You decide, quite sensibly, that you would pre-fer to avoid all of that in the next life. Your fran-tic searches across the internet for a comparableset of third grade reading achievement data com-paring states results in nothing.
You do, however,discover the National Assessment of EducationalProgress NAEP has a great deal of informationon fourth-grade reading going back a number ofyears. You decide that this will be as close as youare going to get to the data you want, and begina frantic analysis of NAEP fourth-grade readingdata, searching for the best states to educate youto a proficient level of reading. Non-compliance with thesestandards creates doubt as to whether the resultsin those states are truly comparable to those inthe other states, so you decide to eliminate themfrom consideration.
Florida's progressive education reform a model for the nation – and Obama
You do not want to get some-thing as important as your next life wrong basedon testing imperfections! State Proficiency AchievementBased on IncomeYou begin your investigation by reasoning thatyou will either grow up in a low-income familyor not. The most recent Digest of Education Sta-tistics reveals that Your investigation in K—12 poli-cy informs you that wide variations in academ-ic outcomes exist between high and low incomestudents, and Because you are slightly morelikely to grow up in a family that earns too muchto qualify for a free or reduced-price lunch thanthe other way around, you start your investigationlooking for states that do a good job in educat-ing middle- and high-income students not eligi-ble for a free or reduced-price lunch to a profi-cient level of reading.
Your first run of the data fills you with unease:Growing up in a middle- to high-income familyfails to come close to guaranteeing that you willlearn to read in the early grades. Your squintingeyes refuse to tell you anything other than moststates rate around a coin flip regarding wheth-er their economically advantaged students learnto read at a proficient level. Many states rate sig-nificantly worse than a coin flip. Even the states at the high end of the scale Colorado, Connecticut, Florida, Massachusetts,Pennsylvania, and Vermont leave much to be de-sired for those even slightly risk averse.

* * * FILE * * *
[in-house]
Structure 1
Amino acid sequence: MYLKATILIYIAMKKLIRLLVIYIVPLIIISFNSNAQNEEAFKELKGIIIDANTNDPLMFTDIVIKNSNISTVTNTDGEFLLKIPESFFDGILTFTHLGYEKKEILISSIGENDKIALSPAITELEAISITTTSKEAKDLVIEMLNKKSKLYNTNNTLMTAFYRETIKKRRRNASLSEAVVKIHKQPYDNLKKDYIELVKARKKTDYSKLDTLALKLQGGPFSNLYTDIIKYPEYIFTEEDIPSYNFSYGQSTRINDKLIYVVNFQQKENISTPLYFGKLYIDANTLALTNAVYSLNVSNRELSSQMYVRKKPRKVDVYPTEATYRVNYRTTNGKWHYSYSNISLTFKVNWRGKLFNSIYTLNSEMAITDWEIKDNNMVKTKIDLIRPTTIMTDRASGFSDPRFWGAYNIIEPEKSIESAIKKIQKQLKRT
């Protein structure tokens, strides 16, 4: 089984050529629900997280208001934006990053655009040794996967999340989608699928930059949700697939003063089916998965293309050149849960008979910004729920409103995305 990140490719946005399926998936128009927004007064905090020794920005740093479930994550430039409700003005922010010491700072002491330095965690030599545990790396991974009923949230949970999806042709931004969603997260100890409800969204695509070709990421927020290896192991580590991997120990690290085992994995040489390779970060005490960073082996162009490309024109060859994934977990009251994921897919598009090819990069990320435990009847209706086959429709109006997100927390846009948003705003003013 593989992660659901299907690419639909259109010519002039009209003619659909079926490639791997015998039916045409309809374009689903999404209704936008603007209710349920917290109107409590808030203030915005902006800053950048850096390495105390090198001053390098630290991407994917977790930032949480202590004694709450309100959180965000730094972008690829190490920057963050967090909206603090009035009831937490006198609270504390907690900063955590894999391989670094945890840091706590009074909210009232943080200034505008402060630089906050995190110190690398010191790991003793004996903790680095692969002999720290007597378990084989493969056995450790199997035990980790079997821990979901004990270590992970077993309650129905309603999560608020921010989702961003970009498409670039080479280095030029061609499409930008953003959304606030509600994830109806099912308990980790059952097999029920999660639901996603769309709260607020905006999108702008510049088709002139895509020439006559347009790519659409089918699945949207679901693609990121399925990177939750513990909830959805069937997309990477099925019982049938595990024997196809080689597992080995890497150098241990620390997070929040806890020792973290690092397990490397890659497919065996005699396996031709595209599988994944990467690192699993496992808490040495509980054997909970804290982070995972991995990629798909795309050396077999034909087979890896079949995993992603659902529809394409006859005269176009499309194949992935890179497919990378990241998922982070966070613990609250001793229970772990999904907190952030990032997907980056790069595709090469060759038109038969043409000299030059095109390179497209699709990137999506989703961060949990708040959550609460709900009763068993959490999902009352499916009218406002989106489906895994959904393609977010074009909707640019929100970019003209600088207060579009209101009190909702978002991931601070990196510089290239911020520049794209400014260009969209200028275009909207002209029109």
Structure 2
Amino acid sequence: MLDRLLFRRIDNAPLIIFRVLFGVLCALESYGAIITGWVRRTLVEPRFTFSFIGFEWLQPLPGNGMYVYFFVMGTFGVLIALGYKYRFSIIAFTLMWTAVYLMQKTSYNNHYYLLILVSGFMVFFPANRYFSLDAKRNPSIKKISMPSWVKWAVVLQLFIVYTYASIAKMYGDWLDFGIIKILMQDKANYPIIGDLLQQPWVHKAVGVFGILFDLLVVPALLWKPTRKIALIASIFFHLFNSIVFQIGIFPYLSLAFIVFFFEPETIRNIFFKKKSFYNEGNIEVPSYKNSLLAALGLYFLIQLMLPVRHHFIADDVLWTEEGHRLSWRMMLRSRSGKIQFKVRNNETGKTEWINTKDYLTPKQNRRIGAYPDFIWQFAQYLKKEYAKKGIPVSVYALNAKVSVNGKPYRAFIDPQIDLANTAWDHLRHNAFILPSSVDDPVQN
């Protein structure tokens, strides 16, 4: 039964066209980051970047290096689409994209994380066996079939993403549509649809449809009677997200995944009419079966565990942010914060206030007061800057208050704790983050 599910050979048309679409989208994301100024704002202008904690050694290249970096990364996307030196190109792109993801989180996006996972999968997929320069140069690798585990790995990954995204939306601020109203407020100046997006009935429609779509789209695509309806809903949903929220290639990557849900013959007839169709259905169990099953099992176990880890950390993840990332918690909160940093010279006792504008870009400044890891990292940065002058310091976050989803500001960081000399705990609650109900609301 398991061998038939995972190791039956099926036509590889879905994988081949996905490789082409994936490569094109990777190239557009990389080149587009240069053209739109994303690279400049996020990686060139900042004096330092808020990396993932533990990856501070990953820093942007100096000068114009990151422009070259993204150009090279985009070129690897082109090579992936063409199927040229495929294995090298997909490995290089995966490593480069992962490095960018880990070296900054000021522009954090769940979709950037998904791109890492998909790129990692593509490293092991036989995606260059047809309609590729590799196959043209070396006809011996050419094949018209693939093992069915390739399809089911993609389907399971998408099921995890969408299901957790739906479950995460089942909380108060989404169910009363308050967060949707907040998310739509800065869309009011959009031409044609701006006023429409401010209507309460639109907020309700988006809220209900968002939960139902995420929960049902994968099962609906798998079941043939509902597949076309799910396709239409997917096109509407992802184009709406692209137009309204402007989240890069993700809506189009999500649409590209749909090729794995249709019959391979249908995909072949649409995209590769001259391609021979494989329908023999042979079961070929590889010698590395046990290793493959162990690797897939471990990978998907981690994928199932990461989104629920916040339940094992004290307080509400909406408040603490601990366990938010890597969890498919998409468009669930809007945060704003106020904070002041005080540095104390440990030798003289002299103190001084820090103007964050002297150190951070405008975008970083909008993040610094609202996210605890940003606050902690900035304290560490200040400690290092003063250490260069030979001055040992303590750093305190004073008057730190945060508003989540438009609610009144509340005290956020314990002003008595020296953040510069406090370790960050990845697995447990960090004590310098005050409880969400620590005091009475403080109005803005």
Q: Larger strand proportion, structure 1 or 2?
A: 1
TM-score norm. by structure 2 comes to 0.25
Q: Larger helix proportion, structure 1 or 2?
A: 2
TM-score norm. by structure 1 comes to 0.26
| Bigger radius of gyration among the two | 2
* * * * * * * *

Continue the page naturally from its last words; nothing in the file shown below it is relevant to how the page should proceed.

Somehow,the fact that 43 percent of middle- to high-incomestudents in the very wealthy Connecticut failingto score at the Proficient level in reading seemsunsettling.
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What, you wonder to yourself, will thenumbers for low-income students look like? Afterall, it is almost as likely that you will be born asa child eligible for a free or reduced-price lunchas not.
As you can see in Figure 5, your fears wereentirely justified. Students with DisabilitiesYour research indicates that These can be physical in nature like blindness or neurological. You decide to check the proficiencyprofiles of each state for children with disabilities. The results are frightening, to say the least. Massachusetts has 21 percent of their chil-dren with disabilities score proficient in reading. While very low, this rate is more than ten timesgreater than the lowest performer—the District ofColumbia, at a mere 2 percent.
Your research in-formed you that while some children with disabil-ities suffer from profound disabilities that wouldeffectively prohibit learning to even a basic level,but that these cases make up only a small portionof the total student population with disabilities. Your research further indicates that we are stuckwith these results despite what many school districtofficials describe as a crushing level of spending perstudent with a disability.
You read about run-away costs and a system more focused on bureau-cratic outcomes than student achievement. If you come back as alawmaker, you think to yourself, you would dosomething about this nightmare. You decide to emulate this strategy with re-gards to your early literacy strategy. Figure 7 pres-ents the percentage of general education non-ELL and non-IEP students scoring Proficient orbetter on the fourth-grade reading exam. Note the strong role that race and ethnicityplays in these rankings.
Nine out of the top tenstates have majority white-student populations. Only Florida has a majority-minority studentpopulation. Seven of the bottom ten performingjurisdictions have majority-minority student pop-ulations, with only Tennessee, West Virginia, andMichigan serving as exceptions. The two states consistently appearing in thetop 5 on these charts are Massachusetts and Flor-ida. Both states pursued reform strategies thatgenerated bitter opposition at the outset, but onesuspects that the experiences of both states con-tain lessons for reformers around the country, andindeed, even for each other.
One sign of the success of Massachusetts is tocompare their results to their New England neigh-bors. Vermont and New Hampshire fare well in theabove comparisons, but they are extremely smallstates with overwhelmingly white over 90 per-cent each and middle- and high-income students. Both states have student populations smaller than anumber of single school districts around the nation,making it difficult to generalize from their experi-ence.
We can, however, surmise that given the em-pirical evidence showing the existence of achieve-ment gaps on standardized tests across race andincome, being wealthy and overwhelmingly whiteand high-spending can come in handy in securing atop spot in comparisons such as these. Despite ourefforts here to examine student subgroups to max-imize comparability, it might be more applicable tocompare Vermont and Maine to the wealthy sub-urbs in other states than to other states as a whole.
Notice, however, what happens to anotherhigh-spending New England state—Connecti-cut—when faced with the challenge of educatinga sizeable population of low-income black stu-dents.